Reserve Accumulation, Sterilization, and Policy Dilemma

Publication | October 2004

Surges in capital inflows distort relative prices, exacerbate weakness in a nation's financial sector, and feed asset-price bubbles. A capital inflow represents an increase in the demand for a country's assets - thus, in the absence of policy intervention, the currency tends to appreciate on foreign exchange markets. Hence, when purchasing foreign exchange brings inflationary pressures through an increase in reserve money, monetary authorities step in to sterilize the excessive liquidity to mitigate inflationary pressures and real exchange rate appreciation and to avoid the loss of control over the domestic money stock.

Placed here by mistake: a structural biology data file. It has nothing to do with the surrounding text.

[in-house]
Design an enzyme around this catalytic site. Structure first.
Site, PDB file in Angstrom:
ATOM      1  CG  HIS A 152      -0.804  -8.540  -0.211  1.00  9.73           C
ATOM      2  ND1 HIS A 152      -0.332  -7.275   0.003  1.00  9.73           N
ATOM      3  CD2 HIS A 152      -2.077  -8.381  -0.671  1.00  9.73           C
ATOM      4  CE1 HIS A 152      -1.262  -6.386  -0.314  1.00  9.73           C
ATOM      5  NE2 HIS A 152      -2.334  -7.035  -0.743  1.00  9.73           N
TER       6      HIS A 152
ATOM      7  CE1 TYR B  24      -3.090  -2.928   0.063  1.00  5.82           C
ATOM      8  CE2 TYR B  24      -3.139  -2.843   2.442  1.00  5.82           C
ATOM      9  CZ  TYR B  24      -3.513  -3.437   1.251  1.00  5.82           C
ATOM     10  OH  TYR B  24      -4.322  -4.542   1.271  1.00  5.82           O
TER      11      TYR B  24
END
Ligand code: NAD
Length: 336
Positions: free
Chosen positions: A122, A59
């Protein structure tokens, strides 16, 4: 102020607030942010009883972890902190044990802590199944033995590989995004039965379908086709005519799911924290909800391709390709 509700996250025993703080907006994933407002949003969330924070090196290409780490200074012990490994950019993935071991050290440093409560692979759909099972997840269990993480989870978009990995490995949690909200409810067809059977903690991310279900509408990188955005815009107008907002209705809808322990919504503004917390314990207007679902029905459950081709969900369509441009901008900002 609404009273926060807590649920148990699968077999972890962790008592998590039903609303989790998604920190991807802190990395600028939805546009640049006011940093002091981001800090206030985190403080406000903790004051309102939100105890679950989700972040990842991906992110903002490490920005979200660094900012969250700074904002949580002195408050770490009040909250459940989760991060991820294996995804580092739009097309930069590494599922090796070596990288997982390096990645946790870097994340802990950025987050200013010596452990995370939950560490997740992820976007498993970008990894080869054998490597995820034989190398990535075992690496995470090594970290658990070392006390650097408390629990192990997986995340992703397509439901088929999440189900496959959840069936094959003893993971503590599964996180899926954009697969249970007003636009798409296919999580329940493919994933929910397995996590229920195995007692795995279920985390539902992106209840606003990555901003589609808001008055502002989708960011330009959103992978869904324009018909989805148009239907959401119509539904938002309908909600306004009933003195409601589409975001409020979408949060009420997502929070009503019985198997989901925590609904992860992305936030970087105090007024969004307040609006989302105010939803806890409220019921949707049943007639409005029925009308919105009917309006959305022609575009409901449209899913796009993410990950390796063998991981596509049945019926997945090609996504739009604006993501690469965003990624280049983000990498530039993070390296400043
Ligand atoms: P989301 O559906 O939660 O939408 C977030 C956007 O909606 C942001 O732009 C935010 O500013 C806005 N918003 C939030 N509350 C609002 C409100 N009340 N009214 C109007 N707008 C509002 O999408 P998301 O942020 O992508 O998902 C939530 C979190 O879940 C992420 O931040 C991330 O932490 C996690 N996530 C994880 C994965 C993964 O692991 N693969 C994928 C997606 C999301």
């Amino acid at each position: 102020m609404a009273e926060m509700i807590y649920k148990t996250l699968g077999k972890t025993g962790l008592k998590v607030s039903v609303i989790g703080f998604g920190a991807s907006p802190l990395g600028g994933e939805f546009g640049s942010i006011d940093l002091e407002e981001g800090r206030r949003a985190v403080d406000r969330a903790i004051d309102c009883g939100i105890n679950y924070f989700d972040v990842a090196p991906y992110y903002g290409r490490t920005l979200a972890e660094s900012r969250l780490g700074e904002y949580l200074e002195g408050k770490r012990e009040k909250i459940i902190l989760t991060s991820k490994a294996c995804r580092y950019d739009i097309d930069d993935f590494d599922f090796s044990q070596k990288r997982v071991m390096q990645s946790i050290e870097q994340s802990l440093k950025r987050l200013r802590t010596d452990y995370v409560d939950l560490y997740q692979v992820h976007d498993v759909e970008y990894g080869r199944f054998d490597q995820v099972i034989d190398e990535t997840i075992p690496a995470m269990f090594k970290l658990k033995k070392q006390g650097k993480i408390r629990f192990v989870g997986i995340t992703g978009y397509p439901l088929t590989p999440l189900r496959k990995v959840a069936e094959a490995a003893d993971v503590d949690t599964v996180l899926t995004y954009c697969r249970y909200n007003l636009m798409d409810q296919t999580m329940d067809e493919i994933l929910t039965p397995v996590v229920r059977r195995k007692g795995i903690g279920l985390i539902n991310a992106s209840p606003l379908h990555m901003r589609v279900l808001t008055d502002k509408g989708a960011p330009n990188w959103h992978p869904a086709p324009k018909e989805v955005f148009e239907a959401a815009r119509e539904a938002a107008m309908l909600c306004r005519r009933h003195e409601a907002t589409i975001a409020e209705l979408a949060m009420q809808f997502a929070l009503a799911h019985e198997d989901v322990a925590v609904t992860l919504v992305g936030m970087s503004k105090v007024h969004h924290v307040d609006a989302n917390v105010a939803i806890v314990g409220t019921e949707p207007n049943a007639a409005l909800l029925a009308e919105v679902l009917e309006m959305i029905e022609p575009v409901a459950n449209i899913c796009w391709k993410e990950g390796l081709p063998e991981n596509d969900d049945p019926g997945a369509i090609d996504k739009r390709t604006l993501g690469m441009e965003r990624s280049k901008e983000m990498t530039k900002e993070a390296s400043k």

• Introduction
  • Sterilization Policies, Channels for Impacts and Evidence
  • Sterilization Intervention: Country Experiences
    • People's Republic of China
    • India
  • Concluding Remarks
  • References